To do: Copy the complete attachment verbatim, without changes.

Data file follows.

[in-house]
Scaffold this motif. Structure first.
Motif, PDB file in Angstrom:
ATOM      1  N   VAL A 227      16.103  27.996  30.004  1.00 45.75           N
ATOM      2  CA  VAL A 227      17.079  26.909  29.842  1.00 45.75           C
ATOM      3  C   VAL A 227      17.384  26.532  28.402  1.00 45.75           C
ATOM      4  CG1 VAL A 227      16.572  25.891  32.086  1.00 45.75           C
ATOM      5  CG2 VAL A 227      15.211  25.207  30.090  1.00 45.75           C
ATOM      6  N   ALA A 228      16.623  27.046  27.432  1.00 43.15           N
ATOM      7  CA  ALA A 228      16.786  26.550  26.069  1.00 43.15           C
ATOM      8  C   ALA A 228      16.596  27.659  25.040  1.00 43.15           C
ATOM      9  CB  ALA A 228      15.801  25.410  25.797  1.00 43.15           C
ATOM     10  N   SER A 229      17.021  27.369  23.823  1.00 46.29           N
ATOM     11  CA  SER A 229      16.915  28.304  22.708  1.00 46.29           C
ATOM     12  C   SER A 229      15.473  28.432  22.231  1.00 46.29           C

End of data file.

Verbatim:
[in-house]
Scaffold this motif. Structure first.
Motif, PDB file in Angstrom:
ATOM      1  N   VAL A 227      16.103  27.996  30.004  1.00 45.75           N
ATOM      2  CA  VAL A 227      17.079  26.909  29.842  1.00 45.75           C
ATOM      3  C   VAL A 227      17.384  26.532  28.402  1.00 45.75           C
ATOM      4  CG1 VAL A 227      16.572  25.891  32.086  1.00 45.75           C
ATOM      5  CG2 VAL A 227      15.211  25.207  30.090  1.00 45.75           C
ATOM      6  N   ALA A 228      16.623  27.046  27.432  1.00 43.15           N
ATOM      7  CA  ALA A 228      16.786  26.550  26.069  1.00 43.15           C
ATOM      8  C   ALA A 228      16.596  27.659  25.040  1.00 43.15           C
ATOM      9  CB  ALA A 228      15.801  25.410  25.797  1.00 43.15           C
ATOM     10  N   SER A 229      17.021  27.369  23.823  1.00 46.29           N
ATOM     11  CA  SER A 229      16.915  28.304  22.708  1.00 46.29           C
ATOM     12  C   SER A 229      15.473  28.432  22.231  1.00 46.29           C